During the hot days of summer, I find myself drawn to the shaded parts of my garden, as I find it very unpleasant doing gardening in the sun. Such occasions give me a chance to appreciate plants that grow well in shade, because it is not the ideal spot, often with very dry conditions due to root competition from trees; and the lack of sunlight is also a challenge for plant survival.
I have written a previous blog on groundcovers that thrive in sunny spots; this time I want to pay homage to those groundcovers that carpet my garden in shaded areas. Luckily, there are a lot of contenders for such positions. One of my favourite group of plants is the rhizomatous Begonia. They are very tough and undemanding, covering inhospitable areas without complaint. Being a sort of succulent plant, they cope well with dry positions. There is such a range of leaf patterns in these plants that it is possible to make a beautiful tapestry rug in a shaded area using different forms. Colours range from lime green to silver and dark maroon. Many have delightful patterns on the leaves. As a bonus, they all have pretty flowers in spring. What more could we ask of a plant?
Plectranthus are also excellent plants for dry, shaded areas and there are some attractive groundcover specimens. One of my favourites is Plectranthus 'Nicoletta', which has lovely silver velvet leaves. It is very tough and can grow in hot sun as well as dry shade. Plectranthus 'Nico' has dark green foliage with purple undersides and grows well to form a wide mat in shade. Plectranthus verticillatus - sometimes called Swedish ivy - will grow anywhere, and is a good solution to hopeless shaded spots. I recently was given a white-variegated form of this plant, which seems less vigorous than the green one, but forms a nice contrast to other groundcovers and brings light into gloomy areas. I am not sure of its cultivar name. Another variegated Plectranthus is Plectranthus oertendahlii (often sold as 'Emerald Lace'), which has rounded leaves with silvery shading and marking. All these Plectranthus plants have dainty spires of flowers in autumn, and can be grown effectively in hanging baskets.
Another tough groundcover for shade is the Tradescantia clan. Though related to the scary weed wandering jew, those I grow are far prettier and less invasive. My favourite is Tradescantia sillamontana, which has lovely furry leaves and doesn't spread too far. Purple-leaved Tradescantia pallida 'Purpurea' is an excellent plant for foliage effects, as is Tradescantia 'Zebrina', with its silver and green-striped leaves with purple undersides - though it has to be reined in every so often. Like the Plectranthus groundcovers, these can be grown in hanging baskets.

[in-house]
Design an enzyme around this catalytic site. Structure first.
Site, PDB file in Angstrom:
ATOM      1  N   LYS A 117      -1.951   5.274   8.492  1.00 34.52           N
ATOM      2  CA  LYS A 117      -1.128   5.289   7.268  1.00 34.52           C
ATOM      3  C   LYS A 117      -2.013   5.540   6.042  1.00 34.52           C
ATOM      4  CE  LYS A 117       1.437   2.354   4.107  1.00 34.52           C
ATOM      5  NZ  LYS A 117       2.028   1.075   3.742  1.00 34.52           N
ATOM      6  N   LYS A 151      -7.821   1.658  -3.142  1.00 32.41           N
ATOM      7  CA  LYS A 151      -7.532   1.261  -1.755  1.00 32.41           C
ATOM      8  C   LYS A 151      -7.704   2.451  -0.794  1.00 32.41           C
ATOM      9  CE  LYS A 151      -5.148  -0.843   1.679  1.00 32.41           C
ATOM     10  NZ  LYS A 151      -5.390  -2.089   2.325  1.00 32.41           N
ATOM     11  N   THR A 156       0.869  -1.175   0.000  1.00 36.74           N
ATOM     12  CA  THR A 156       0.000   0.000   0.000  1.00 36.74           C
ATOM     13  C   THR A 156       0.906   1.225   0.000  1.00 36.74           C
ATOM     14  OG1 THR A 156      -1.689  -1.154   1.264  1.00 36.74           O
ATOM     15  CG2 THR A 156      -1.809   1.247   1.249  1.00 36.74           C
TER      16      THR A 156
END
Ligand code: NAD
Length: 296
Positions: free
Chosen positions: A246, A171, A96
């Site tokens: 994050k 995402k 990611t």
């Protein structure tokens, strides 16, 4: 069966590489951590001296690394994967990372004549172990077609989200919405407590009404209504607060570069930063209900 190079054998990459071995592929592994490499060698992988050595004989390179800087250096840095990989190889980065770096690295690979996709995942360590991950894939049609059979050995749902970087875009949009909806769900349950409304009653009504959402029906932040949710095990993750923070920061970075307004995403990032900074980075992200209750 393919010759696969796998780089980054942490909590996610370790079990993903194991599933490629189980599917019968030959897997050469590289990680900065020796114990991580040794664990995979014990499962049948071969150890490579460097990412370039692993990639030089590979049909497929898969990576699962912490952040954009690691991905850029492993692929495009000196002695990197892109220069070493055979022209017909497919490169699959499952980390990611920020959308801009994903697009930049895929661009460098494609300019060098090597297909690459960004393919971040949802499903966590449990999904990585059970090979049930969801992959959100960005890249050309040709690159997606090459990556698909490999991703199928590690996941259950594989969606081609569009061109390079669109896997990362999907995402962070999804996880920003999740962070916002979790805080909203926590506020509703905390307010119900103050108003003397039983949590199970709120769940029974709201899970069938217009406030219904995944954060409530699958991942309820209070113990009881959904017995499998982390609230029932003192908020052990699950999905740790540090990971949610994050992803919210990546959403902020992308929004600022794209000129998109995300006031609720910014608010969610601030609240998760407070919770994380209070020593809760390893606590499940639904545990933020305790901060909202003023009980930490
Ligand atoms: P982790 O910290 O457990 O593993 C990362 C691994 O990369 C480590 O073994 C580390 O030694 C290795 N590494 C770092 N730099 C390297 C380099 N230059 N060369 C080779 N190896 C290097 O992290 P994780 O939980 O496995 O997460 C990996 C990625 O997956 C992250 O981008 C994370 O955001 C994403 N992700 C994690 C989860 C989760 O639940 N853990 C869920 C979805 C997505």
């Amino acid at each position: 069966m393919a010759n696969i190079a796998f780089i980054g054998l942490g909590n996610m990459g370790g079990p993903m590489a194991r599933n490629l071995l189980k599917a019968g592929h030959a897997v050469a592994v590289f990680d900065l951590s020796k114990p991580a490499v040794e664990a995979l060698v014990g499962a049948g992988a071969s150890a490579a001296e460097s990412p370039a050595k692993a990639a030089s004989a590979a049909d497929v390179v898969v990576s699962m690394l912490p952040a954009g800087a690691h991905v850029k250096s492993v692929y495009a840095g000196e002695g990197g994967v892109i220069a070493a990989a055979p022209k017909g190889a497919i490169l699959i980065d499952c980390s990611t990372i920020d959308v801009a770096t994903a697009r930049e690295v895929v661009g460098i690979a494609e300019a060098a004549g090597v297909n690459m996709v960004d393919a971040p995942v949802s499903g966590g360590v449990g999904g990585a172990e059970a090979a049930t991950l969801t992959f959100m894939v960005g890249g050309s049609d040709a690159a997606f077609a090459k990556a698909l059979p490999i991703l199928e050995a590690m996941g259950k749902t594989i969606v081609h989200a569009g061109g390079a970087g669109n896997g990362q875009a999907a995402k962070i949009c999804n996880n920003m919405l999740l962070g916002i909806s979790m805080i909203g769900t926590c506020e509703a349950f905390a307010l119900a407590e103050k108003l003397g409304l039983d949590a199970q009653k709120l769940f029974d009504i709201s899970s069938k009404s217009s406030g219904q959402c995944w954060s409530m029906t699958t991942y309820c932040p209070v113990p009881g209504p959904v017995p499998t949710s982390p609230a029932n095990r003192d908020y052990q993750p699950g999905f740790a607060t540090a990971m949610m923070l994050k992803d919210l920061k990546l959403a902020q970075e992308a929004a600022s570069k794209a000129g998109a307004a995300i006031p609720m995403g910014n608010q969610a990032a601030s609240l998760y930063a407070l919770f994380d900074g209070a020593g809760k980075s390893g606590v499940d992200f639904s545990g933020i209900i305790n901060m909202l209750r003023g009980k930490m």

Though most of the species Geranium do best in sunny places, at least two of them will cope well with shaded spots: Geranium phaeum and Geranium macrorrhizum. Both species have attractive rounded foliage (often speckled in the case of G. phaeum) and delightful cottagey flowers in spring.
Campanula poscharskyana, with its starry blue, white or pale pink flowers in spring, and ruffled, heart-shaped leaves, forms a dense, low mat in shaded areas, as does creeping Charlie (Pilea nummulariifolia), which has appealing textured leaves. Lysimachia nummularia 'Aurea' is a low-growing plant with glowing lime-gold foliage, which is best in shade. Lamium cultivars, including Lamium maculatum 'Beacon Silver' and 'White Nancy', with stunning silvery foliage are yet another good choice for such spots. These four groundcovers prefer a little more moisture than the others mentioned above.
One of the most pleasant tasks in the garden is to divide up these groundcovers every so often and replant the pieces in other areas, with an eye to colour, form and texture, to create new associations with such tried-and-true plants.
With Christmas fast approaching, I am taking a short break from blogging! Season's greeting to all those who have visited the site during the year; I will be back in the New Year with more garden musings.
13 Jun 21
We can learn much about gardening by trying different methods.
Under the leaves
06 Jun 21
Raking autumn leaves from my garden beds, I discovered some nice surprises.
The art of layering
30 May 21
This is an intriguing way to make new plants!
23 May 21
Here are some quite unusual 'daisy' plants!
16 May 21
A number of bromeliads are flowering in my garden now.